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    U.S. Navy and Marine Corps Integrate Forces in Strategic Amphibious Readiness Exercise

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    071004-N-1189B-005 GULF OF AQABA (Oct. 4, 2007) – U.S. Marine Corps MV-22 Ospreys, assigned to Marine Medium Tiltrotor Squadron (VMM) 263, Marine Aircraft Group 29, prepare for flight on the deck of the multipurpose amphibious assault ship USS Wasp (LHD 1). Wasp is on surge deployment to the Middle East carrying the Osprey to its first combat deployment. U.S. Navy photo by Mass Communication Specialist 2nd Class Zachary L. Borden (RELEASED)

    The U.S. Navy’s Wasp Amphibious Ready Group (ARG) and the 24th Marine Expeditionary Unit (MEU) demonstrated impressive force and readiness by completing the Composite Training Unit Exercise (COMPTUEX) in the Atlantic Ocean.

    040219-N-7912E-005 Arabian Gulf (Feb. 19, 2004) Ð An U.S. Marine Corps CH-53E Super Stallion helicopter assigned to ÒThe WolfpackÓ of Marine Heavy Helicopter Squadron Four Six Six (HMH-466) flies past the amphibious assault ship USS Boxer (LHD 4) after delivering equipment to Camp Doha, Kuwait. Boxer departed for the Arabian Gulf on Jan. 14, 2004 as part of Operation Iraqi Freedom rotation of forces, after returning from a regularly scheduled deployment in August 2003. The multi-purpose amphibious assault ship and its more than 900 Sailors and 200 Marines are transporting equipment and aviation assets for the 1st Marine Expeditionary Force (1st MEF) from Camp Pendleton, Calif. U.S. Navy Photo by PhotographerÕs Mate 3rd Class Christopher Elmini. (RELEASED)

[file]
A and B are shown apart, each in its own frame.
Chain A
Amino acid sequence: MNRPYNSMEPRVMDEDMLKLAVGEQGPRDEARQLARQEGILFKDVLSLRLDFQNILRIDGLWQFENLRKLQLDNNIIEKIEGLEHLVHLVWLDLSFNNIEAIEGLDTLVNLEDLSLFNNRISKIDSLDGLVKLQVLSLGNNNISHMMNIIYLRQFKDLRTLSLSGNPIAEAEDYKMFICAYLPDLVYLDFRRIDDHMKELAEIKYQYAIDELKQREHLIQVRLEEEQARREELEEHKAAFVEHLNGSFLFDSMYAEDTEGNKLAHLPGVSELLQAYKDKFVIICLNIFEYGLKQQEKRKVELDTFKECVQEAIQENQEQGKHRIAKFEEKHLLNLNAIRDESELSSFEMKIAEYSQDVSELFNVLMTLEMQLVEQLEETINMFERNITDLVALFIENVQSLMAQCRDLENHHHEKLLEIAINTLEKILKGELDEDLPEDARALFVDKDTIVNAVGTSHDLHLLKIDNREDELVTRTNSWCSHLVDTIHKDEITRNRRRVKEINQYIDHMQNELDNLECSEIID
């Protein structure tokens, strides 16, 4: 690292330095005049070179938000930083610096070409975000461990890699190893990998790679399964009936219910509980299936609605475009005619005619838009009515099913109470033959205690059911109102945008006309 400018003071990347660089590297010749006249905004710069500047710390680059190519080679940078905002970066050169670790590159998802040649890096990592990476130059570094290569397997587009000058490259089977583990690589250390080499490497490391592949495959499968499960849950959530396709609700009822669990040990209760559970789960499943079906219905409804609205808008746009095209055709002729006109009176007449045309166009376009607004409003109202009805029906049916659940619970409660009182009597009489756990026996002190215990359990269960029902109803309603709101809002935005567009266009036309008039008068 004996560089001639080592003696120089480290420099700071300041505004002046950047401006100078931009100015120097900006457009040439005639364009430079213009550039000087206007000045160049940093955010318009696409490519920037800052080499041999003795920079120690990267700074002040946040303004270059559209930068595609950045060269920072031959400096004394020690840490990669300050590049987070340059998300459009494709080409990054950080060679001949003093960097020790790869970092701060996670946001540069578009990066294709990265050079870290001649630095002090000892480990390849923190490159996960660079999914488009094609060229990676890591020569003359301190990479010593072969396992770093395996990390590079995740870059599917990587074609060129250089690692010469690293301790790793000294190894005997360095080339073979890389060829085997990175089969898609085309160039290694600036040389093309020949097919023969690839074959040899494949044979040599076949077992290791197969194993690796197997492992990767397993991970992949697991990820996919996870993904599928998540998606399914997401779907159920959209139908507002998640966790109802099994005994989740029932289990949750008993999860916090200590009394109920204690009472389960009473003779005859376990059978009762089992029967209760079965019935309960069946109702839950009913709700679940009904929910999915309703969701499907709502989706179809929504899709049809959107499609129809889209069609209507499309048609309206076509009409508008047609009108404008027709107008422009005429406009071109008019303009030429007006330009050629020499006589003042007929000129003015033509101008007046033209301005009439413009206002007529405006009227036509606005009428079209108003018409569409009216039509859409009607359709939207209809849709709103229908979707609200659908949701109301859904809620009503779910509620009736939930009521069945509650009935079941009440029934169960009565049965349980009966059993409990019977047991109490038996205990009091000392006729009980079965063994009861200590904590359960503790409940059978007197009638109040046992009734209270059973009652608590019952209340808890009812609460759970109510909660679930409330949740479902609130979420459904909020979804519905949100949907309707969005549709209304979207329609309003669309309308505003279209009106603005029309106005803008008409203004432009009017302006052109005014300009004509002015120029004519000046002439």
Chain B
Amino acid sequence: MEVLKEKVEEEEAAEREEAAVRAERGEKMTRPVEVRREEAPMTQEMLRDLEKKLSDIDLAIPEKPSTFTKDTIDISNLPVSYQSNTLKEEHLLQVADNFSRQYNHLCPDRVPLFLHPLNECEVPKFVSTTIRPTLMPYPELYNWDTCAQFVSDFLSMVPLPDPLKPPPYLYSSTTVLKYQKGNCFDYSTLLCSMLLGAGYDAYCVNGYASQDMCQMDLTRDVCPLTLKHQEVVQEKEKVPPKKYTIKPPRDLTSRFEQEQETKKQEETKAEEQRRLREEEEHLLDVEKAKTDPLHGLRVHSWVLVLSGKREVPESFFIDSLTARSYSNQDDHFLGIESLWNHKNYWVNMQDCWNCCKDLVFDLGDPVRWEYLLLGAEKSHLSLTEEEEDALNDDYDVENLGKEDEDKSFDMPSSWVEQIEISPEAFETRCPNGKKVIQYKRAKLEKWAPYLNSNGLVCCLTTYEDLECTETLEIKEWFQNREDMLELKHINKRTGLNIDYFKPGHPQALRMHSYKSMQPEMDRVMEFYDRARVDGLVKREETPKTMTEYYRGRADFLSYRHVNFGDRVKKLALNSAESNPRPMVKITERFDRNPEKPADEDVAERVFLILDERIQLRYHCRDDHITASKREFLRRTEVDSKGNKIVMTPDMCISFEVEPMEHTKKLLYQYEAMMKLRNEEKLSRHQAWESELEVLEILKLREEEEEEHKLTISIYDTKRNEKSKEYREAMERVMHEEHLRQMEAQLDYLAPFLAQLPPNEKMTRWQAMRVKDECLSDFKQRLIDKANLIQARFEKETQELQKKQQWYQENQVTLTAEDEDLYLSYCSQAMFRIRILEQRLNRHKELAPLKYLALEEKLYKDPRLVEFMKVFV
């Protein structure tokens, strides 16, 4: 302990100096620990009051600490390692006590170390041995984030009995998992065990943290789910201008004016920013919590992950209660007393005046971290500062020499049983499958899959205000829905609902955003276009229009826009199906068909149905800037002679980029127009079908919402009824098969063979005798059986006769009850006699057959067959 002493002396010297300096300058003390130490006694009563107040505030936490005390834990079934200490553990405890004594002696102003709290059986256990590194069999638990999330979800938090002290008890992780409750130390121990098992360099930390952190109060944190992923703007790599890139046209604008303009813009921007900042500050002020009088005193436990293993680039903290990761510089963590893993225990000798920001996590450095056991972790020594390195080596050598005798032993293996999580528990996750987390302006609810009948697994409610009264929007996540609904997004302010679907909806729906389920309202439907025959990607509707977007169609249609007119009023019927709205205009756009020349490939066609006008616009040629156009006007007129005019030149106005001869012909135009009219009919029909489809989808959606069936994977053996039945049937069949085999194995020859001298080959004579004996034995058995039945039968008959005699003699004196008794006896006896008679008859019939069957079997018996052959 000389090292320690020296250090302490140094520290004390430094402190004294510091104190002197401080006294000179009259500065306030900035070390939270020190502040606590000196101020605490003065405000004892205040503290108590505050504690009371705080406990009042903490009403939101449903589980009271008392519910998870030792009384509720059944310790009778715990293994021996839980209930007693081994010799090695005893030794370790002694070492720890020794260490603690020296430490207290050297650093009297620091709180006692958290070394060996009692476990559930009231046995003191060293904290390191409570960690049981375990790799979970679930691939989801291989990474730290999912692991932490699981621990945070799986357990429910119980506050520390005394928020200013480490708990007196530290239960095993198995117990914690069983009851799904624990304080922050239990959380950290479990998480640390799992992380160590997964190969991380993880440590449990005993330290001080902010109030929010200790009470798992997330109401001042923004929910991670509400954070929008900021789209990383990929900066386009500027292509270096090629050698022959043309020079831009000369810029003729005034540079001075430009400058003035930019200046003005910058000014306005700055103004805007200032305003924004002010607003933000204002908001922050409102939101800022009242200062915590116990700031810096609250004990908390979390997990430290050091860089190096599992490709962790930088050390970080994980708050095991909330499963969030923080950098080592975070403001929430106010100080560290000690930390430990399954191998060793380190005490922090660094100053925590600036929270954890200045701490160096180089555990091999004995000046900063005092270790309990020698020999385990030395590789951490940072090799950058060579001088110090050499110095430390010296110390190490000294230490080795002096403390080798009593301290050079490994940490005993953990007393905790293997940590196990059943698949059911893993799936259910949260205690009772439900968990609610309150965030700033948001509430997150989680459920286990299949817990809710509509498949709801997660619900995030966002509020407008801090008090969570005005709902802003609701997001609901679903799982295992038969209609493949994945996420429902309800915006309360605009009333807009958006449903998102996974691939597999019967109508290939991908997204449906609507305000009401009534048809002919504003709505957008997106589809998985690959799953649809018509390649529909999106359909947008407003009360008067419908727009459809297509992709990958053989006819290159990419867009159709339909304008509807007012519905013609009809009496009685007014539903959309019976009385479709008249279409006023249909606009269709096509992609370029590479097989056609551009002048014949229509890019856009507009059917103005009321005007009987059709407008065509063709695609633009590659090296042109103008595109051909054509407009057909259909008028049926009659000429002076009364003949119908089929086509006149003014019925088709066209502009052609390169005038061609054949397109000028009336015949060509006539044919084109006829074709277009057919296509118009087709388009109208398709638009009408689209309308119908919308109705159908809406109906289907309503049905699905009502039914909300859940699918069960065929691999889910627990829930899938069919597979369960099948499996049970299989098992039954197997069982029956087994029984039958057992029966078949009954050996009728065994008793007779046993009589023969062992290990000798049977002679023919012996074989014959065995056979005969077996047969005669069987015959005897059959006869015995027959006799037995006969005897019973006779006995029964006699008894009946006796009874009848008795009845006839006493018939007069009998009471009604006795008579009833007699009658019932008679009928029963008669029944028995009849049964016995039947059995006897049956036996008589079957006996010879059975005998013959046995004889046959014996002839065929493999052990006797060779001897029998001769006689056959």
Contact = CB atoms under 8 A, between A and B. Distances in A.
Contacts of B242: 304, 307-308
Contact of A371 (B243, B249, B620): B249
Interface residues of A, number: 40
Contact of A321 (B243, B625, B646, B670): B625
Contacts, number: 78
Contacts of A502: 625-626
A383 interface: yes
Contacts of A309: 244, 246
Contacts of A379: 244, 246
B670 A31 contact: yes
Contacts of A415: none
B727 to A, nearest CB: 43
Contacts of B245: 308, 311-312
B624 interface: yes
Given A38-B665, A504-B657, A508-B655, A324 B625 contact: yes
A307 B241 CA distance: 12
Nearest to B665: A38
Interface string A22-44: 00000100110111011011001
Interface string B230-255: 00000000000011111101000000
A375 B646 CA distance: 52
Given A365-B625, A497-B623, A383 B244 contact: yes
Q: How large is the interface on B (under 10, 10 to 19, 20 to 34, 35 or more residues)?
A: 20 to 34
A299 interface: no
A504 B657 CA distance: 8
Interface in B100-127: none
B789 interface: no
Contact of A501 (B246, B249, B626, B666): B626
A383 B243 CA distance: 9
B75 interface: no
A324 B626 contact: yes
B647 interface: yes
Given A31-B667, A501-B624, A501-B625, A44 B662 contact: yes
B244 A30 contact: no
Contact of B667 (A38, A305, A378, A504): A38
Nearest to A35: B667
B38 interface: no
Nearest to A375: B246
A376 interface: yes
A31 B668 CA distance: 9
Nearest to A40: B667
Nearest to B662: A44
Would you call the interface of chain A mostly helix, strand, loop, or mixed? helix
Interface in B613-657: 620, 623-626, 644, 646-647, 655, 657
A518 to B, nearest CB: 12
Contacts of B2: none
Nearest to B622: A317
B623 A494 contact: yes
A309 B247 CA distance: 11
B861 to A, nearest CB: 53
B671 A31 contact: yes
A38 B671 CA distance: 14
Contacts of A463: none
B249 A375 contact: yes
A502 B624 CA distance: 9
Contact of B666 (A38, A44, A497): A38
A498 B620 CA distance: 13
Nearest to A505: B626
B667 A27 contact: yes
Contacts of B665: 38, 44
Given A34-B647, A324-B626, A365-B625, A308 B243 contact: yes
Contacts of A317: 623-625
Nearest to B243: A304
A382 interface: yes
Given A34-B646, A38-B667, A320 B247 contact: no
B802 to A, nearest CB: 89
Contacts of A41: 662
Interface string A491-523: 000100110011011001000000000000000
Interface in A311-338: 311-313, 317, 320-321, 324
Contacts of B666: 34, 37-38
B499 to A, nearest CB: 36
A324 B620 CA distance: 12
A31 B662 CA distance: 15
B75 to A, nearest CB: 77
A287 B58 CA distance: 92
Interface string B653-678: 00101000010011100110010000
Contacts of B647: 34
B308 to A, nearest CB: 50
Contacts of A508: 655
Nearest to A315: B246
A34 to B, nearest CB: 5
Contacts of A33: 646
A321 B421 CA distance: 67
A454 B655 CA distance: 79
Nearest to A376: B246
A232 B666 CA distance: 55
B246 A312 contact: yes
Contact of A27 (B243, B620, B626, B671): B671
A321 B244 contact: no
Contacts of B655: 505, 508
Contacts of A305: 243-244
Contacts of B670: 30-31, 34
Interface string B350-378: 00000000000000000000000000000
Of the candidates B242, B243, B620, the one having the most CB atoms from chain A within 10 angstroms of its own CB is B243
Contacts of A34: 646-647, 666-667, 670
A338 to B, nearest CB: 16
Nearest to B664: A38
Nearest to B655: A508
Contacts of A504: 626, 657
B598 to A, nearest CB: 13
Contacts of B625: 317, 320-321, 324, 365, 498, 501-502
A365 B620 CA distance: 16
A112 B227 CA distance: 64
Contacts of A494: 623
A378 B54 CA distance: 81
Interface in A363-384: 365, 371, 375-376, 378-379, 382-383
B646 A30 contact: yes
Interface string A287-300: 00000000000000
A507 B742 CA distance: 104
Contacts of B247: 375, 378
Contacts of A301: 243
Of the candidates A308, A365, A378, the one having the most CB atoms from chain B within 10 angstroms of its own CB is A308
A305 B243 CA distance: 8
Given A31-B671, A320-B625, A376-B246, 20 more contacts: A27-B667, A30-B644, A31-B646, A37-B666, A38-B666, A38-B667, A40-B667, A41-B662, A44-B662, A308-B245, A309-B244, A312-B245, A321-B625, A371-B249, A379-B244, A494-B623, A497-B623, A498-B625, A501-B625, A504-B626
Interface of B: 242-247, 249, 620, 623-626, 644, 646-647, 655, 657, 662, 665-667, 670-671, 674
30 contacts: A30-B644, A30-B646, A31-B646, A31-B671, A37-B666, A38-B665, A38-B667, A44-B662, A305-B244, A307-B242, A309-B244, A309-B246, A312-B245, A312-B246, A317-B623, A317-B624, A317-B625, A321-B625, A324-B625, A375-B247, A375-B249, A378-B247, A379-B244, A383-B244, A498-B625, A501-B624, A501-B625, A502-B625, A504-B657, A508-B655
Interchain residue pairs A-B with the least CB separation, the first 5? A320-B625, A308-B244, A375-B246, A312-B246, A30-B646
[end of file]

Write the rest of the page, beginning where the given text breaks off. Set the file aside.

This achievement marks a significant advancement in naval combat readiness and interoperability.

    071004-N-2568S-073 GULF OF AQABA (Oct. 4, 2007) – U.S. Marine Corps MV-22 Ospreys, assigned to Marine Medium Tiltrotor Squadron (VMM) 263, Marine Aircraft Group 29, prepare for flight on the deck of the multipurpose amphibious assault ship USS Wasp (LHD 1). Wasp is on surge deployment to the Middle East carrying the Osprey to its first combat deployment. U.S. Navy photo by Chief Mass Communication Specialist Craig Strawser (RELEASED)

    The ARG-MEU COMPTUEXs are a pivotal component in the U.S. Navy’s strategy, highlighting the integration of Navy and Marine Corps forces in conjunction with Joint Force and State Department trainers.

    This exercise serves as the Department of the Navy’s pledge to deliver capable, unified naval forces that serve to deter adversaries, reassure allies, ensure the free flow of trade and commerce, and bolster U.S. diplomatic efforts.

    120211-M-UY543-013 A U.S. Marine Corps amphibious assault vehicle assigned to Battalion Landing Team, 1st Battalion, 4th Marine Regiment, 31st Marine Expeditionary Unit comes ashore during a mechanized raid in support of Cobra Gold 2012 in Hat Klad, Thailand, on Feb. 11, 2012. Cobra Gold is a regularly scheduled joint/combined exercise designed to ensure regional peace and strengthen the ability of the Royal Thai Armed Forces to defend Thailand or respond to regional contingencies. DoD photo by Cpl. Jonathan Wright, U.S. Marine Corps. (Released)